In its most recent forecast, the bureau noted that all major international climate models were predicting La Nina thresholds would be met in October, with the event likely to last into early 2021.
A bureau spokesman declined to confirm it will declare a La Nina on Tuesday but other specialists are confident such an event is highly likely.
“It’s quite a distinct La Nina pattern [in the Pacific],” Ben Domensino, a senior forecaster at Weatherzone, said. “It’s quite likely that the bureau will follow suit [and match NOAA’s declaration].”
Agus Santoso, a climate scientist at CSIRO and the University of NSW studying La Ninas and their opposite, El Ninos, said a La Nina would most likely take hold for the rest of the year and into next although it remains unclear how strong the event will be.
La Ninas typically follow El Nino years. The latter are marked by drier than usual conditions for Australia, with more heatwaves and extreme bushfire weather – as happened last year.
Also unlike this time last year, conditions in the Indian Ocean off north-western Australia are favouring above-average moisture flows across the continent.
The so-called Indian Ocean Dipole, which tracks the relative warmth of sea-surface temperatures between the western and eastern Indian Ocean, is close to its negative phase. During such phases, the eastern two-thirds of Australia typically receive above-average rain during spring.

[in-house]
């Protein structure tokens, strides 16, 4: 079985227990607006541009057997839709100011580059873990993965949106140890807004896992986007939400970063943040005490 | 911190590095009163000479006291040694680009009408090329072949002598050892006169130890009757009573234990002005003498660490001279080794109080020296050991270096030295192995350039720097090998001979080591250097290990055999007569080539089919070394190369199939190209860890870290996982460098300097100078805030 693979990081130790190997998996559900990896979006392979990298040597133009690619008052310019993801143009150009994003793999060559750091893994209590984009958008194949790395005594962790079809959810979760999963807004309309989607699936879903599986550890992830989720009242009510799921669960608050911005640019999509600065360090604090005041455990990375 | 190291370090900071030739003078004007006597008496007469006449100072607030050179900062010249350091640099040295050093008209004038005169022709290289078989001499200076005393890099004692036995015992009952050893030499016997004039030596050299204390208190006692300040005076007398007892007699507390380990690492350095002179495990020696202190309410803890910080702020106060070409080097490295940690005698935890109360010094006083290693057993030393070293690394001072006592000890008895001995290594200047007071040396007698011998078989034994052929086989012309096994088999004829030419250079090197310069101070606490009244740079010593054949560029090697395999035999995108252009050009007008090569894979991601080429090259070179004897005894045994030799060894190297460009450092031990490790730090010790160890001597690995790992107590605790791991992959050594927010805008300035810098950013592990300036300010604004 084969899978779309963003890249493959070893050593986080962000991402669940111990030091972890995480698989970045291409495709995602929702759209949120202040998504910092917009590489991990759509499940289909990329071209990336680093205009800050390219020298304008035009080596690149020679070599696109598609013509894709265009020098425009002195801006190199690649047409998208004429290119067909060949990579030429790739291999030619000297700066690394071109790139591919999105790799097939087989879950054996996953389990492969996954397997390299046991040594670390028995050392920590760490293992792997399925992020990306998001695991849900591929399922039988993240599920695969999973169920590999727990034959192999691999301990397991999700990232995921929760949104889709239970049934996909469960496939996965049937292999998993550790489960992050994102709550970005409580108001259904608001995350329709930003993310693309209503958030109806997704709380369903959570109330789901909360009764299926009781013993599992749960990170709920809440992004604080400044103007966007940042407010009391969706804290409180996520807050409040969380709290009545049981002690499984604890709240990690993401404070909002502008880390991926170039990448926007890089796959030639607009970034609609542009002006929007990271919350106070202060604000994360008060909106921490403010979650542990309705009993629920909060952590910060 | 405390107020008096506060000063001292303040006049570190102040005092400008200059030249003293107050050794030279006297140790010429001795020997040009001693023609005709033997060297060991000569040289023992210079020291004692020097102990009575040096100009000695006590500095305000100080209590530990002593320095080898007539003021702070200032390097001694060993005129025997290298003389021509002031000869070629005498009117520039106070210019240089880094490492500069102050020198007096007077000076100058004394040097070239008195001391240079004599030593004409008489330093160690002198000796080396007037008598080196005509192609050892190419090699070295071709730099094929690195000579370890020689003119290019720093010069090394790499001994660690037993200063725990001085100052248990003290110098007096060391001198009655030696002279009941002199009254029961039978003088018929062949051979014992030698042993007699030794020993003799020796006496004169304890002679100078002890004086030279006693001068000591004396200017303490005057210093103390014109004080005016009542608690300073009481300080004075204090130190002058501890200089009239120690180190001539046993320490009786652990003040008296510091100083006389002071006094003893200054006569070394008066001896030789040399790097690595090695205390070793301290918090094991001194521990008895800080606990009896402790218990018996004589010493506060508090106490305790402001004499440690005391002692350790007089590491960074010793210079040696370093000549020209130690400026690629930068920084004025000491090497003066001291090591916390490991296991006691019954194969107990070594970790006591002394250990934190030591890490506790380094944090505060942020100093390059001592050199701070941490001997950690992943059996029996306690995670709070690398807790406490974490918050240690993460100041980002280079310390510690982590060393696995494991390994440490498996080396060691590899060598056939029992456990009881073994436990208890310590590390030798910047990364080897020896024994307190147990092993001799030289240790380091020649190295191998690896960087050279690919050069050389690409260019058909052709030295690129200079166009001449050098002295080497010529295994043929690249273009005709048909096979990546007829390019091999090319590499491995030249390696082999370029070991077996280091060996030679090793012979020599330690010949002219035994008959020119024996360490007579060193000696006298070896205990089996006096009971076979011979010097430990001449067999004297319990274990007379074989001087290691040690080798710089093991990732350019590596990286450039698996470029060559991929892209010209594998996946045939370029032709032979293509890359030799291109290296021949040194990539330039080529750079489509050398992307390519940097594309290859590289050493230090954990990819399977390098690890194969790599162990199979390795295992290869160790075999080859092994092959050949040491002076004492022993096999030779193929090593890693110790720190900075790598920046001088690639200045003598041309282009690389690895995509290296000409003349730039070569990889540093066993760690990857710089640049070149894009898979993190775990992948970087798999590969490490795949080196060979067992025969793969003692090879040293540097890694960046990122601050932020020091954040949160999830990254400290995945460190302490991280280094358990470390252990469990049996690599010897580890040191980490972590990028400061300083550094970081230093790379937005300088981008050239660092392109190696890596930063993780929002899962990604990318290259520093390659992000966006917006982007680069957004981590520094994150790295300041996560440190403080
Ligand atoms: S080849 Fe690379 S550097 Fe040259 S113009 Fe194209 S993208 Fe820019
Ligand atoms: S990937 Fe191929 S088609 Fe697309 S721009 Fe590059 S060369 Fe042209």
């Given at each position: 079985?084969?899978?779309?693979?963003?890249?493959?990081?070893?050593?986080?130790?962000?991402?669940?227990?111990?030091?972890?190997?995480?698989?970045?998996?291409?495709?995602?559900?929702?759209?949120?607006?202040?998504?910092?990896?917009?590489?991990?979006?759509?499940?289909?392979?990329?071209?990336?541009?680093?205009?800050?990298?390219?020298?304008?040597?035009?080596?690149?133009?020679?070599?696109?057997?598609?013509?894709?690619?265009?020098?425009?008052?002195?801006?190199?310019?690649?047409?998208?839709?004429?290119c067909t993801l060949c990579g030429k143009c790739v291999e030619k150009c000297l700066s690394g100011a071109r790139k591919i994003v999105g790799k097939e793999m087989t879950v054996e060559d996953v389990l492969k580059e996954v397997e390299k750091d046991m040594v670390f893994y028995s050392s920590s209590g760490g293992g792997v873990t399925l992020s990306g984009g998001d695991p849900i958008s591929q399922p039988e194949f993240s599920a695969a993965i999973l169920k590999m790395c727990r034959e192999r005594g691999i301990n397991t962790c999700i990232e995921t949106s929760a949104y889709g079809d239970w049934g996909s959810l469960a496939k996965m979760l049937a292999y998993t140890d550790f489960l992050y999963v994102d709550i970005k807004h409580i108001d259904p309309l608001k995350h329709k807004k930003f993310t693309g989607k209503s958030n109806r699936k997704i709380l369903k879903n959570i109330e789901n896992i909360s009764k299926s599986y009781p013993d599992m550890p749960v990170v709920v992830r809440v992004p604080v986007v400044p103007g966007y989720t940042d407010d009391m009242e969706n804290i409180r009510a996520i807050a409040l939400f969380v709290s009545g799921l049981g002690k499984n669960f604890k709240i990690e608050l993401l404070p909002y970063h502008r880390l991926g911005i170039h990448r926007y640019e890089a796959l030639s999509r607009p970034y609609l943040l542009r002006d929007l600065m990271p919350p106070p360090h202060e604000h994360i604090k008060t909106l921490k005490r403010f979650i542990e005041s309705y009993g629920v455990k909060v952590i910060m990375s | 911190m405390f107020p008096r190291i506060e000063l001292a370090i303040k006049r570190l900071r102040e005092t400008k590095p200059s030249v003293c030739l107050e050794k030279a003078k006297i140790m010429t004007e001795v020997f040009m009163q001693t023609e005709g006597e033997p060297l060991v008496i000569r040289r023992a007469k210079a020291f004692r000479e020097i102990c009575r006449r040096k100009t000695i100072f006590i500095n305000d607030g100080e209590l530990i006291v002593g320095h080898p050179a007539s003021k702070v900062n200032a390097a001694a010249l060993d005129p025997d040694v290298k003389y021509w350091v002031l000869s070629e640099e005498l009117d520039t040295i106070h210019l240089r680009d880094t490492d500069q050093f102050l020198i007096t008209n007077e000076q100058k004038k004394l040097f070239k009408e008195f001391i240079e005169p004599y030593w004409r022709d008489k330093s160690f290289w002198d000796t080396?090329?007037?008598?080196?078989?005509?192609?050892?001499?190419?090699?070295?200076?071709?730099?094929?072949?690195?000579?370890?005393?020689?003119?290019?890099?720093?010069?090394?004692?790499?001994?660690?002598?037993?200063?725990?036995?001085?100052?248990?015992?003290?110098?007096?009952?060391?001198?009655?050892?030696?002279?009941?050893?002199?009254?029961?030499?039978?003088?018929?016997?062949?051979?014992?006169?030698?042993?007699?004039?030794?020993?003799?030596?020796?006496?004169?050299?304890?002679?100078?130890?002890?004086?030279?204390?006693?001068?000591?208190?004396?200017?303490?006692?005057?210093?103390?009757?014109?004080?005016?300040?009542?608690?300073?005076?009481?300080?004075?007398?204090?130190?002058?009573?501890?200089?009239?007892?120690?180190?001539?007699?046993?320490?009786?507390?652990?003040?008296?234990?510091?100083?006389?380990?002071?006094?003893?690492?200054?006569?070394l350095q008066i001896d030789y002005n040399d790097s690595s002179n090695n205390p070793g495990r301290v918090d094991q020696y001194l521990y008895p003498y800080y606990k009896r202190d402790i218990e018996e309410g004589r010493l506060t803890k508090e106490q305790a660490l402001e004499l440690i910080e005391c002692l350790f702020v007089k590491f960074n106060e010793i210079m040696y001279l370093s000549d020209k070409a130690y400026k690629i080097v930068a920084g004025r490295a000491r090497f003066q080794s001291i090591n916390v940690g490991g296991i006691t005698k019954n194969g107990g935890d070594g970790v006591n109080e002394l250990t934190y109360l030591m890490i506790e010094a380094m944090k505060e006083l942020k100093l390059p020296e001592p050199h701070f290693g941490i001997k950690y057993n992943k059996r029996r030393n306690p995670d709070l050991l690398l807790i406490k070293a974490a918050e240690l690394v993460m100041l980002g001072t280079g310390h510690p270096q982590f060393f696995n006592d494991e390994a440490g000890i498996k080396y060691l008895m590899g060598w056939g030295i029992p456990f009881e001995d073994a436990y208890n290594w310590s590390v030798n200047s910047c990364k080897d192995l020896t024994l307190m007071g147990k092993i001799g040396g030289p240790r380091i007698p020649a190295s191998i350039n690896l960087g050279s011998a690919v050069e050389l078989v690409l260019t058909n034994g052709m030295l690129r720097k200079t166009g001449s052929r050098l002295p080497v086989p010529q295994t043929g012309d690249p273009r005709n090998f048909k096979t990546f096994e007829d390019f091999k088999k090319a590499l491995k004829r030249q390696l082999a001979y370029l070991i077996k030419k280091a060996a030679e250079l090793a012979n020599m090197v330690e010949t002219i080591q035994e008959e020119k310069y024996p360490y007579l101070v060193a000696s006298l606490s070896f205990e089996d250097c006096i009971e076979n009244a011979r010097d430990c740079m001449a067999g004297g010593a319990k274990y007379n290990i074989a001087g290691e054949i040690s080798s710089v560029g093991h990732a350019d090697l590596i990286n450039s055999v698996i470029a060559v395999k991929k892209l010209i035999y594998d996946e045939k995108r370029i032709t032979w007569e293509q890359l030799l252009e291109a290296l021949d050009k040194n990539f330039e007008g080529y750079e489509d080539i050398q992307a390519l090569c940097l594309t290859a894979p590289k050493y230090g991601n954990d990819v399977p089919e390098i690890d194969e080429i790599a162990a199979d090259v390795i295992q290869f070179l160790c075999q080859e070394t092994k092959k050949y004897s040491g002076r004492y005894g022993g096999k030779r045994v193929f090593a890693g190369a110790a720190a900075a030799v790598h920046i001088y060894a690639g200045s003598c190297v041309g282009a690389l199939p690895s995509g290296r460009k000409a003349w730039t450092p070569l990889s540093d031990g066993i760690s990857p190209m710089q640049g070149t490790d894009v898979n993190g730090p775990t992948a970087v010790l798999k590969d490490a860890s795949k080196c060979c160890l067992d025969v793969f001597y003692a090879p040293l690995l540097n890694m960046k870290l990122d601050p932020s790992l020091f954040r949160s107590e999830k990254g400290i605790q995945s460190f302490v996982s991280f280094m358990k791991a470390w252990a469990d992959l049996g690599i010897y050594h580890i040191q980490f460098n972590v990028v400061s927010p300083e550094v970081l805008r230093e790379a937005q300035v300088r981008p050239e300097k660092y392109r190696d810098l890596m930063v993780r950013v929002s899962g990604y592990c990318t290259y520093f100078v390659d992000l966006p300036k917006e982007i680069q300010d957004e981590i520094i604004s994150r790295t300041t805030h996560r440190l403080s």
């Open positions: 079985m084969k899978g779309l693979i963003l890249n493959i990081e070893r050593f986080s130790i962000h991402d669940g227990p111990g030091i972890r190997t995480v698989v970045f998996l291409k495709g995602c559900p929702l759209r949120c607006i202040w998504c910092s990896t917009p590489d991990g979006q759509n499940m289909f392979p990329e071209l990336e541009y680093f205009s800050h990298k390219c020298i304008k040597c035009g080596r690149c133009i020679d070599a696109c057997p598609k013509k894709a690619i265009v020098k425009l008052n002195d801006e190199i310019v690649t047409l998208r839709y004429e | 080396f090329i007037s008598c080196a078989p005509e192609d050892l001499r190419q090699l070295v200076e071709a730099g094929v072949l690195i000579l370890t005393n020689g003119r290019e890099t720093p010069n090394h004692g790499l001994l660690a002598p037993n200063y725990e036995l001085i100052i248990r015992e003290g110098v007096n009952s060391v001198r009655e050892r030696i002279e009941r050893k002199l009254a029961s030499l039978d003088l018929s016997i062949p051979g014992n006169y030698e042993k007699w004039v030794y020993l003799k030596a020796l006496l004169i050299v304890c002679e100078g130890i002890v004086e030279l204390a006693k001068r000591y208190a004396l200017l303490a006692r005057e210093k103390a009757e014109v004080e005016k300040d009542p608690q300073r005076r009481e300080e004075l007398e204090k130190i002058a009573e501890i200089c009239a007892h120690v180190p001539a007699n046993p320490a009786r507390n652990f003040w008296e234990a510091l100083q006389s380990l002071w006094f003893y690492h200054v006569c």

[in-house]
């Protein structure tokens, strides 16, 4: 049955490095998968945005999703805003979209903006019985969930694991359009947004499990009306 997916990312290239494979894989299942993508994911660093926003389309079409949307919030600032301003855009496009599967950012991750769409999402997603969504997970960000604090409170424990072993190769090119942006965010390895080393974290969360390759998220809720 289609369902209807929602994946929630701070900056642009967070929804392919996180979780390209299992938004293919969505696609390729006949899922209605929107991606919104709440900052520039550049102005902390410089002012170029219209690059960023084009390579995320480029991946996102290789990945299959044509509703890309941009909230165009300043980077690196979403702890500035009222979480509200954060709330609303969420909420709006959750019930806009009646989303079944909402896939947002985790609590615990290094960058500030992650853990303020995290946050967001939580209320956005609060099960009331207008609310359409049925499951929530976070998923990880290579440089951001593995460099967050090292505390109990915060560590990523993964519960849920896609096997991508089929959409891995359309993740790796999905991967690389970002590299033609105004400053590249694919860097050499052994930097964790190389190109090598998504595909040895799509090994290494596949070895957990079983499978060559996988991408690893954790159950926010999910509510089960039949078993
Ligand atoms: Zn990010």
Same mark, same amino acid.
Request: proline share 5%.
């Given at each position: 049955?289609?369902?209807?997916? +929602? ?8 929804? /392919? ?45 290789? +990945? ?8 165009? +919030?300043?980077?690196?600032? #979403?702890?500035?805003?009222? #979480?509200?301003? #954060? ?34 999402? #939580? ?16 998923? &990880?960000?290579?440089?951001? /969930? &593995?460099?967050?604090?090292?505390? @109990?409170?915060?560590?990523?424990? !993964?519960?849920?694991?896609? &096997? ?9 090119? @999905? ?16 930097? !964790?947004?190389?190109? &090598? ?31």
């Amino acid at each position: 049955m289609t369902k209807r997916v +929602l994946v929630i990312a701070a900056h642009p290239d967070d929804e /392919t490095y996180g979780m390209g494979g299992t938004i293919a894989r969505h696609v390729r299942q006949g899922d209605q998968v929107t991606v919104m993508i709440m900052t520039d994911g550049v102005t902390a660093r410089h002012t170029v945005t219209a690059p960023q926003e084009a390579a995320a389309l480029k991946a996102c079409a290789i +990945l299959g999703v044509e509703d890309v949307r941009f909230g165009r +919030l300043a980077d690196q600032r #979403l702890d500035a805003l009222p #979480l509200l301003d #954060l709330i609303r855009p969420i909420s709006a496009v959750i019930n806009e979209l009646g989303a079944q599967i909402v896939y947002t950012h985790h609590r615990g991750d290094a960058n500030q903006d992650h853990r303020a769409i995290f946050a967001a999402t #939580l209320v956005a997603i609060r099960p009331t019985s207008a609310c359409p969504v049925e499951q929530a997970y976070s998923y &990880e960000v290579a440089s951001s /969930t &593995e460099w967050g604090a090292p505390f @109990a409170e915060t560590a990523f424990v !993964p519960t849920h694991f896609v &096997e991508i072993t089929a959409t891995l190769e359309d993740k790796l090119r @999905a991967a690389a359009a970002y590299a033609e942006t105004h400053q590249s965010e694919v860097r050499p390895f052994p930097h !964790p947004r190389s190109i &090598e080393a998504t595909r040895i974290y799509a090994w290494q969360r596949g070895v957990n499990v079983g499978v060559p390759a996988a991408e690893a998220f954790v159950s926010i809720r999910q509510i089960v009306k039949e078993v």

The climate influences from the Indian and Pacific oceans contributed to the recent heavy rains across inland Australia, with more to come, Mr Domensino said.
“It’s very unlikely we’ll see anything like last year’s bushfires,” he said.
Still, fires will still be a threat in places, particularly where there is strong grass growth that dries off during warm spells.
Not all places will record higher than usual rainfall either, Mr Domensino said.
Sydney, for instance, has had only about a third of its usual September rainfall, although it only takes one big burst to shift the totals.
Dr Santoso said current projections indicate the more extreme versions of El Ninos and La Ninas will become more frequent as the world continues to warm from climate change.
Even with 2020 likely to end with a La Nina event it will still come close to being the hottest year on record, he said.
Peter Hannam writes on environment issues for The Sydney Morning Herald and The Age.